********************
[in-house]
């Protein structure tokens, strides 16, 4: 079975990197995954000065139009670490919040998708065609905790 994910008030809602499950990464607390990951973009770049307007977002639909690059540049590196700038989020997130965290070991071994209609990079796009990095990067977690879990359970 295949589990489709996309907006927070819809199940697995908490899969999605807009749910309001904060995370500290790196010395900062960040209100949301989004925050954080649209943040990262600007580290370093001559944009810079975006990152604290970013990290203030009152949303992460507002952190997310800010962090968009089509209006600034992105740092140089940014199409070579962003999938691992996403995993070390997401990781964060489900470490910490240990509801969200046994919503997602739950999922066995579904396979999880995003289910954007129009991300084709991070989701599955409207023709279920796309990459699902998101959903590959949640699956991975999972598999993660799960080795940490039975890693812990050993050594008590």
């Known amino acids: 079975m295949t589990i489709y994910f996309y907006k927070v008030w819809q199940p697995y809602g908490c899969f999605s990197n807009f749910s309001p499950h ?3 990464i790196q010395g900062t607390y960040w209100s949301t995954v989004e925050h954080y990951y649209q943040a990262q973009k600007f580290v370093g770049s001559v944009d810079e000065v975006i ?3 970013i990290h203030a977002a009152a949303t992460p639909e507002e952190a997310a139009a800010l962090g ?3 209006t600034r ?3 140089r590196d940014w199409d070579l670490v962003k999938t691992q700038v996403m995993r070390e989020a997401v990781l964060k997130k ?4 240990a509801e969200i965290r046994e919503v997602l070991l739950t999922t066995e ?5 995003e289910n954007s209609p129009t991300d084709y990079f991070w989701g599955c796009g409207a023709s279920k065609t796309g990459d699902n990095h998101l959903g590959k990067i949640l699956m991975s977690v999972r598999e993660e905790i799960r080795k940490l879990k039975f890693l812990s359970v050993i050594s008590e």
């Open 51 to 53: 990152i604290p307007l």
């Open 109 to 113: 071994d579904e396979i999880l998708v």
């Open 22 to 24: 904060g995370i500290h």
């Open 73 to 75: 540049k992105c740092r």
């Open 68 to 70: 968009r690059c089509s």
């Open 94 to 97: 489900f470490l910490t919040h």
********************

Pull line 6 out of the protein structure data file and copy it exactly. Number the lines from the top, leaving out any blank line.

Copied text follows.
């Open 22 to 24: 904060g995370i500290h």